Emboldened by its success in ending race-based admissions policies at civilian colleges, a conservative advocacy group moved on Tuesday to end a similar policy at the U.S. Military Academy at West Point – the 221-year-old institution founded by President George Washington and other early leaders.
The lawsuit filed in federal court in White Plains, N.Y., is an attempt to close a gap that the Supreme Court left in June when it ruled unconstitutional the use of race in selecting the entering classes at Harvard University and the University of North Carolina.
Chief Justice John Roberts’ main opinion included a footnote, responding to a filing in the case by the federal government, which had argued that the nation’s military academies have their own “compelling interests” in taking race into account in choosing their cadets.
The footnote added: “No military academy is a party to these cases…and none of the courts below addressed the propriety of race-based admissions systems in that context. This opinion also does not address the issue, in light of the potentially distinct interests that military academies may present.”
Students for Fair Admissions, a private group based in Arlington, VA, won the Harvard and UNC cases in the Supreme Court last June, on a 6-3 vote. SFFA has been the most energetic challenger of any use of race as a factor in shaping student admissions.
Its success against Harvard University was based on the equal protection guarantees of a 1964 federal civil rights law that applies to educational institutions receiving federal funds, and its victory against UNC – a state-run institution – was based on the equal protection clause of the Constitution’s 14th Amendment, which applies to state governments and agencies. (Harvard, as a private institution, is generally not required to obey the 14th Amendment, but the Court treats the 1964 law at issue as covering the same legal ground.)
Neither of those legal promises of equality applies to federal institutions, like West Point. The new lawsuit is based upon the similar guarantees of racial equality under the Constitution’s 5th Amendment promise of legal “due process.” (The Supreme Court first gave that interpretation of the 5th Amendment in a 1954 decision, Bolling v. Sharpe, a companion case to the historic Brown v. Board of Education, ending racial segregation in public schools.)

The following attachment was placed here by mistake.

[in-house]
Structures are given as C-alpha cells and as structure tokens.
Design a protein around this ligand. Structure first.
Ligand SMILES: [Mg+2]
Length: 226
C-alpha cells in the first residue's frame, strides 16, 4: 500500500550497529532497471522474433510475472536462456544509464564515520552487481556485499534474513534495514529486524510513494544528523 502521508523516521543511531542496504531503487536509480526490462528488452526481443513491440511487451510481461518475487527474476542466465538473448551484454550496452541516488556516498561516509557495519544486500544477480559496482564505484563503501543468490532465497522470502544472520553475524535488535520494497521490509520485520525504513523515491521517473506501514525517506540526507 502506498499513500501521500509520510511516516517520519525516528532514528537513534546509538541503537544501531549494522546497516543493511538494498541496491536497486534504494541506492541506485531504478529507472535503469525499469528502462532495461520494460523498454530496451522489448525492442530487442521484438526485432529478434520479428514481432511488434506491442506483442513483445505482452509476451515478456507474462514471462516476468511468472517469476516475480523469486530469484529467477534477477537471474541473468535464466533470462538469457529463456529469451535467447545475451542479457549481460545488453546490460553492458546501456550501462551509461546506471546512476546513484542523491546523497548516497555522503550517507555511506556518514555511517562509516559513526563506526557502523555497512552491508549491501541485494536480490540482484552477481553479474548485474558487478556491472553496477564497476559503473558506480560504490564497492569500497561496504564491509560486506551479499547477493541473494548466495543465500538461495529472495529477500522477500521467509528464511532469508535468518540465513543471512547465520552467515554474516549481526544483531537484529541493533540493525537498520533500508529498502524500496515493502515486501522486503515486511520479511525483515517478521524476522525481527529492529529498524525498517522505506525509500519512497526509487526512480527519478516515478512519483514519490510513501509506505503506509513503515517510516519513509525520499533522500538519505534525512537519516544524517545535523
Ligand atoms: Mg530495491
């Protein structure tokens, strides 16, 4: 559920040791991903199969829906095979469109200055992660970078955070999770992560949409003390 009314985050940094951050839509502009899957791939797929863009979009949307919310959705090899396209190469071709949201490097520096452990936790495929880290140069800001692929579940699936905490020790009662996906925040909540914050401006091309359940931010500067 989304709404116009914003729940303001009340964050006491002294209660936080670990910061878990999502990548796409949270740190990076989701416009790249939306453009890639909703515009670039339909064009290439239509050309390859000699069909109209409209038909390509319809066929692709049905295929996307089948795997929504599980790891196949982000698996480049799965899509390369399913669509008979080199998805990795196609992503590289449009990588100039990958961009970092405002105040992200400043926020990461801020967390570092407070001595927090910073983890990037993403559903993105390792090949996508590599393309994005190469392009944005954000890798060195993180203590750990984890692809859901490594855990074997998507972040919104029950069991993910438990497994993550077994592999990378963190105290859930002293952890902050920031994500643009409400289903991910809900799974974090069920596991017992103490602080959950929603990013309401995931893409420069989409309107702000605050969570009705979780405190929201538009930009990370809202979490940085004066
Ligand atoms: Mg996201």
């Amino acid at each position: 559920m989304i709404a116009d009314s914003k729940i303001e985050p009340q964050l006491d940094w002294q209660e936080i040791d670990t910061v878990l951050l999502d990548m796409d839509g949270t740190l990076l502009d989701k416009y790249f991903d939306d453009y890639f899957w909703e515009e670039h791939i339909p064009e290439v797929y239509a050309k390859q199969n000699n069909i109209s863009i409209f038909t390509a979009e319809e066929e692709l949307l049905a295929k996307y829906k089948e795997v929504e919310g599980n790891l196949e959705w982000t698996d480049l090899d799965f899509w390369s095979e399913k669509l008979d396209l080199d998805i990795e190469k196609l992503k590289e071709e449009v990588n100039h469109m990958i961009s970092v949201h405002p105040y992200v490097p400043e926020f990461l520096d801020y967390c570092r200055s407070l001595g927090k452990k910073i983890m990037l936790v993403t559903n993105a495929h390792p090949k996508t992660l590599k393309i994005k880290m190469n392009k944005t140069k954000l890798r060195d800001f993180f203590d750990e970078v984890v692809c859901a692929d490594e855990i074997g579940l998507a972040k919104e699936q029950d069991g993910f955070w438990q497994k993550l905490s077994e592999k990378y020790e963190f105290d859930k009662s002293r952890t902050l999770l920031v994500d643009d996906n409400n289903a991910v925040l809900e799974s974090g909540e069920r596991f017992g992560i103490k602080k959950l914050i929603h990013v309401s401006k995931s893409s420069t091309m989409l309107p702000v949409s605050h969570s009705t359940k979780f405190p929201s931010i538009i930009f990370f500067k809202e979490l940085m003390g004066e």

The new lawsuit refers to the footnote in Roberts’ opinion about military academies, but contends that the reasoning of the Court in the Harvard and UNC cases “makes it perfectly clear that West Point’s use of race in the admissions process is unconstitutional.” The academy, the group complained, uses actual racial balancing in selecting cadets, and it has not changed that policy following last June’s decision.
The lawsuit was filed against West Point and its leaders, and against the Pentagon and its leaders. SFFA sues for itself, but also includes in its legal claims two of its members – identified only as “Members A and B” — who, it says, are honor students in high schools who want to apply to a military academy. Both, it says, are white, and both fear that their race will prevent them from competing on “an equal footing” unless West Point is required to drop its race-based policy. Both students, it adds, want to remain anonymous for fear of reprisal.
The lawsuit makes a single legal claim: the West Point admissions policy violates the equal protection principles of the Fifth Amendment. Over five pages, it outlines its specific points that West Point cannot prove that it has a “compelling interest” in using race as it now does in its admissions process.
The lawsuit seeks a formal court order declaring that the process violates the Fifth Amendment, along with temporary and permanent court orders barring West Point “from considering or knowing applicants’ race when making admissions decisions.” A temporary order appears to be a way to stop the policy promptly, while the case goes through the courts on the question of whether to issue a permanent ban.